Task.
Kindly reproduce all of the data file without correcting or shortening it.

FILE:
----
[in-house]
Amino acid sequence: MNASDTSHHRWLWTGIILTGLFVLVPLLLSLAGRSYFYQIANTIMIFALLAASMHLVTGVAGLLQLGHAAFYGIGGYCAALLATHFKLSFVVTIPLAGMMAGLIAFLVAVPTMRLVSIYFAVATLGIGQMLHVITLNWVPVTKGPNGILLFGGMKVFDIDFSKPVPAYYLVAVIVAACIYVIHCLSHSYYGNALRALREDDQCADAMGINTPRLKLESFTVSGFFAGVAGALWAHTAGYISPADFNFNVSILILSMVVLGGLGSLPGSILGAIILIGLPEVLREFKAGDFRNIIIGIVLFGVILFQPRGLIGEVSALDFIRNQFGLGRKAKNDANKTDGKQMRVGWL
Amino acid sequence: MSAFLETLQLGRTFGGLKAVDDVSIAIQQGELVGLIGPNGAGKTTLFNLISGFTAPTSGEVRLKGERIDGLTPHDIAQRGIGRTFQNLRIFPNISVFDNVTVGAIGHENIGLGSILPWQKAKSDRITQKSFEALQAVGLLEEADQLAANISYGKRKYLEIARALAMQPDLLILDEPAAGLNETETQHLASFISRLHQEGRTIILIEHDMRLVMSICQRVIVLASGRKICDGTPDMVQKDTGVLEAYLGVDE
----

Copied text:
[in-house]
Amino acid sequence: MNASDTSHHRWLWTGIILTGLFVLVPLLLSLAGRSYFYQIANTIMIFALLAASMHLVTGVAGLLQLGHAAFYGIGGYCAALLATHFKLSFVVTIPLAGMMAGLIAFLVAVPTMRLVSIYFAVATLGIGQMLHVITLNWVPVTKGPNGILLFGGMKVFDIDFSKPVPAYYLVAVIVAACIYVIHCLSHSYYGNALRALREDDQCADAMGINTPRLKLESFTVSGFFAGVAGALWAHTAGYISPADFNFNVSILILSMVVLGGLGSLPGSILGAIILIGLPEVLREFKAGDFRNIIIGIVLFGVILFQPRGLIGEVSALDFIRNQFGLGRKAKNDANKTDGKQMRVGWL
Amino acid sequence: MSAFLETLQLGRTFGGLKAVDDVSIAIQQGELVGLIGPNGAGKTTLFNLISGFTAPTSGEVRLKGERIDGLTPHDIAQRGIGRTFQNLRIFPNISVFDNVTVGAIGHENIGLGSILPWQKAKSDRITQKSFEALQAVGLLEEADQLAANISYGKRKYLEIARALAMQPDLLILDEPAAGLNETETQHLASFISRLHQEGRTIILIEHDMRLVMSICQRVIVLASGRKICDGTPDMVQKDTGVLEAYLGVDE